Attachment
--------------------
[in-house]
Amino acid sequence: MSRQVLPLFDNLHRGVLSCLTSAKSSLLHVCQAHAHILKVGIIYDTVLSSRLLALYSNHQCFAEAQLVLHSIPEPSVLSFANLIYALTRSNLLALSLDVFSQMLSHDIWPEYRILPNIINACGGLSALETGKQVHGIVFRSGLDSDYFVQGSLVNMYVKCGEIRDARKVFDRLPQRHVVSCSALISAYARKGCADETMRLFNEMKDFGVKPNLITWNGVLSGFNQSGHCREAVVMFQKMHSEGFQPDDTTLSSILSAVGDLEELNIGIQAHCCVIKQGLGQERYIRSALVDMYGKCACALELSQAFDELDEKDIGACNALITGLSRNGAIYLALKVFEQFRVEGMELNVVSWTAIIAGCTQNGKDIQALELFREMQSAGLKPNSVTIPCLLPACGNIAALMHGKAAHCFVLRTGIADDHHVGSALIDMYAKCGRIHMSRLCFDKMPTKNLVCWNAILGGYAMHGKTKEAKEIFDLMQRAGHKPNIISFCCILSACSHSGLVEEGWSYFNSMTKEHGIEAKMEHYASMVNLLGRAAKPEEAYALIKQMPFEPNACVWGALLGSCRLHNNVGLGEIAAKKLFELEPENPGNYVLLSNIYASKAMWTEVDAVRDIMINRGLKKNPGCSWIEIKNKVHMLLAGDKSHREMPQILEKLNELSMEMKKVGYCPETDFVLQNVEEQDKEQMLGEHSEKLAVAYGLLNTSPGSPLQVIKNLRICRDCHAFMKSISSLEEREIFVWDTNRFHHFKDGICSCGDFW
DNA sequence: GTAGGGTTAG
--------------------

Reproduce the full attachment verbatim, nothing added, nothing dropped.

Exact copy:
[in-house]
Amino acid sequence: MSRQVLPLFDNLHRGVLSCLTSAKSSLLHVCQAHAHILKVGIIYDTVLSSRLLALYSNHQCFAEAQLVLHSIPEPSVLSFANLIYALTRSNLLALSLDVFSQMLSHDIWPEYRILPNIINACGGLSALETGKQVHGIVFRSGLDSDYFVQGSLVNMYVKCGEIRDARKVFDRLPQRHVVSCSALISAYARKGCADETMRLFNEMKDFGVKPNLITWNGVLSGFNQSGHCREAVVMFQKMHSEGFQPDDTTLSSILSAVGDLEELNIGIQAHCCVIKQGLGQERYIRSALVDMYGKCACALELSQAFDELDEKDIGACNALITGLSRNGAIYLALKVFEQFRVEGMELNVVSWTAIIAGCTQNGKDIQALELFREMQSAGLKPNSVTIPCLLPACGNIAALMHGKAAHCFVLRTGIADDHHVGSALIDMYAKCGRIHMSRLCFDKMPTKNLVCWNAILGGYAMHGKTKEAKEIFDLMQRAGHKPNIISFCCILSACSHSGLVEEGWSYFNSMTKEHGIEAKMEHYASMVNLLGRAAKPEEAYALIKQMPFEPNACVWGALLGSCRLHNNVGLGEIAAKKLFELEPENPGNYVLLSNIYASKAMWTEVDAVRDIMINRGLKKNPGCSWIEIKNKVHMLLAGDKSHREMPQILEKLNELSMEMKKVGYCPETDFVLQNVEEQDKEQMLGEHSEKLAVAYGLLNTSPGSPLQVIKNLRICRDCHAFMKSISSLEEREIFVWDTNRFHHFKDGICSCGDFW
DNA sequence: GTAGGGTTAG